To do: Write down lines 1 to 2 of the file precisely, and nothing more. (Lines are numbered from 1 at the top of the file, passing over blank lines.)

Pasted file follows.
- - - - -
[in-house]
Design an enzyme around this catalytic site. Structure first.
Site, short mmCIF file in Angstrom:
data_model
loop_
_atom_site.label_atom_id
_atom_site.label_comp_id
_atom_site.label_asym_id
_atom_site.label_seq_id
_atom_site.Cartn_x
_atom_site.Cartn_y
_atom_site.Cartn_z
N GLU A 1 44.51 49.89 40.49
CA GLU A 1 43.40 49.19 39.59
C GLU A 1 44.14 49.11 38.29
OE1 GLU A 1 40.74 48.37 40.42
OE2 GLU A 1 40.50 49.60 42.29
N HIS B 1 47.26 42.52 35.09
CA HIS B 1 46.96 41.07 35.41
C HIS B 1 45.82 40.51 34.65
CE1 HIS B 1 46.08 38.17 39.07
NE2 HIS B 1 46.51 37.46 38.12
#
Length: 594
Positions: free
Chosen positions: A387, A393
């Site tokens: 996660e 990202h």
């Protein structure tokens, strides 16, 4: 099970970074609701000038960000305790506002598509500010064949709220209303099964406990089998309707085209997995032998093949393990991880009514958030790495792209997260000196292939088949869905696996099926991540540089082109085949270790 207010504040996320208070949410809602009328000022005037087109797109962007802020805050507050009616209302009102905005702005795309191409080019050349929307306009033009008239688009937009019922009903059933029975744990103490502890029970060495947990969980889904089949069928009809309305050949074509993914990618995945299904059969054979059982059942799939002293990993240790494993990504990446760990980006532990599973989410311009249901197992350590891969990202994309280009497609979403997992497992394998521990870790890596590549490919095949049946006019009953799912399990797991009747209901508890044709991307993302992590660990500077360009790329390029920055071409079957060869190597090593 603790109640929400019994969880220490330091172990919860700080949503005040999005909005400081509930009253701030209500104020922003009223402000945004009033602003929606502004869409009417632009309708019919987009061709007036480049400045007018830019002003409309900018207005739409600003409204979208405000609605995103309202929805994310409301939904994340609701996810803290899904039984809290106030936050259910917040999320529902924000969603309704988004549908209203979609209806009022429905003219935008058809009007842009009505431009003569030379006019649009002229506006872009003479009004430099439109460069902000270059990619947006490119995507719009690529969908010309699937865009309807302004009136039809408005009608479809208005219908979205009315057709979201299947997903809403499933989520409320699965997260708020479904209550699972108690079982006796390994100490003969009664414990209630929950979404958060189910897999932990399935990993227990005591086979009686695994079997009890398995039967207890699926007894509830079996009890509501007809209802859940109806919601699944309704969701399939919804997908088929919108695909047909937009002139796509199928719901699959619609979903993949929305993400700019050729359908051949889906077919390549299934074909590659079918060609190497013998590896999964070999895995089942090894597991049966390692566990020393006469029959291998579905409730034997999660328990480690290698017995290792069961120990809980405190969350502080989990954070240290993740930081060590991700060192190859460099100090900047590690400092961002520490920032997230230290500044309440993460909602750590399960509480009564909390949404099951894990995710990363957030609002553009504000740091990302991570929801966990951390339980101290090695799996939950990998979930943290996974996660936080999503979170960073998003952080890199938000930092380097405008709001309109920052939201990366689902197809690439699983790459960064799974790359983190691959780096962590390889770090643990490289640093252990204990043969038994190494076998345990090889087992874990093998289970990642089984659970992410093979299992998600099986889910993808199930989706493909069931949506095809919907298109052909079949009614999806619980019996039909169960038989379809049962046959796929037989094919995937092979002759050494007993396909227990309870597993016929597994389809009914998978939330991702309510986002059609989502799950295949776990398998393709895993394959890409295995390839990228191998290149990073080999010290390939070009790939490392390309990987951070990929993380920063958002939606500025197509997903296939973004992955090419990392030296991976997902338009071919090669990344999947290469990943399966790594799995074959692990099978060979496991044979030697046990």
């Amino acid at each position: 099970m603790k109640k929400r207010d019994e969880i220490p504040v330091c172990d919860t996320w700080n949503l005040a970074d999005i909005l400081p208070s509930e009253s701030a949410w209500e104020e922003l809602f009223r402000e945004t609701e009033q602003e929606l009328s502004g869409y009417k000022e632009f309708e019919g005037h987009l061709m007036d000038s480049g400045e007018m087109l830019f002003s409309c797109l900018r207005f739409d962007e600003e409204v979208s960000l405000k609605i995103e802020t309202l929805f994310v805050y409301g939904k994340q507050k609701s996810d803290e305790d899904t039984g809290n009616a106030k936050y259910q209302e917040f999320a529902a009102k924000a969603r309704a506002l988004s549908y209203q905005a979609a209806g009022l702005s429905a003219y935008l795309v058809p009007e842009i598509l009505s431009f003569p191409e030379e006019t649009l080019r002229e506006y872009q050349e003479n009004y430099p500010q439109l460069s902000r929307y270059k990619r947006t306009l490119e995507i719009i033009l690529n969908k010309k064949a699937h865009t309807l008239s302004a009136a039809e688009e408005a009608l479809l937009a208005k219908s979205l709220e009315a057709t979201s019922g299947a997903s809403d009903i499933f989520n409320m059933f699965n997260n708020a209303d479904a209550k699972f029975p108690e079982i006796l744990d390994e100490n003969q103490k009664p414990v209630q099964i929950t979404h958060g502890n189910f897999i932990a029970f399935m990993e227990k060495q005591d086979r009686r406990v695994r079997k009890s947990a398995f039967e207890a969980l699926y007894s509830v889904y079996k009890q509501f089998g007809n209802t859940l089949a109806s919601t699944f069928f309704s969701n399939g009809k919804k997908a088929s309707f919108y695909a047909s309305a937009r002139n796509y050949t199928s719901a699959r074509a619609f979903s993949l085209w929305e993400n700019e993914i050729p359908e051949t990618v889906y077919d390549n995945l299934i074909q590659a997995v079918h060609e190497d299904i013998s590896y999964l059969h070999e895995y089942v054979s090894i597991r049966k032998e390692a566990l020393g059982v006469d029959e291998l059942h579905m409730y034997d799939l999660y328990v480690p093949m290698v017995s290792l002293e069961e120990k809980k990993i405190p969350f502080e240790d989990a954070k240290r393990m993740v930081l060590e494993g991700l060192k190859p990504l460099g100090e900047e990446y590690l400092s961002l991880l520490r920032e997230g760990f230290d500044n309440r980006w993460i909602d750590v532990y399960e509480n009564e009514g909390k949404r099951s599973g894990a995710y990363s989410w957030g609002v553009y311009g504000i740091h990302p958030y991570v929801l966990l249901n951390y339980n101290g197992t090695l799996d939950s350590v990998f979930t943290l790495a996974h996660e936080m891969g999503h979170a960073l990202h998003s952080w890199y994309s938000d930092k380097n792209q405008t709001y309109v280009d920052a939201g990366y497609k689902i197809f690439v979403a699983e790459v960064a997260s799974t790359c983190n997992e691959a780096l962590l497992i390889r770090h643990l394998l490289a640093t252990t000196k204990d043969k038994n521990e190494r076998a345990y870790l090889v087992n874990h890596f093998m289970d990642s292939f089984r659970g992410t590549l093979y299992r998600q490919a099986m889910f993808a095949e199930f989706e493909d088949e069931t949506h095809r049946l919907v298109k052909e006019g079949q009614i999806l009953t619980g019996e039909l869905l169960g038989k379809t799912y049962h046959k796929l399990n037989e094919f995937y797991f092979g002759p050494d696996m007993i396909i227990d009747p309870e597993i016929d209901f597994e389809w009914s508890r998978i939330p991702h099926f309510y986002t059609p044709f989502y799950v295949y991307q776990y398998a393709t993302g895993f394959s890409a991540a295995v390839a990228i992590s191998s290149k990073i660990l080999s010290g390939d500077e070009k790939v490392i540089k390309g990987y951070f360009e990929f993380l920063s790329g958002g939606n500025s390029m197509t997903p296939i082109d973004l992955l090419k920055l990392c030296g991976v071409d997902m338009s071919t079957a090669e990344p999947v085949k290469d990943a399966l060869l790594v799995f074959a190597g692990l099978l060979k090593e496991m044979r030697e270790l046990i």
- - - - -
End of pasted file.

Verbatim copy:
[in-house]
Design an enzyme around this catalytic site. Structure first.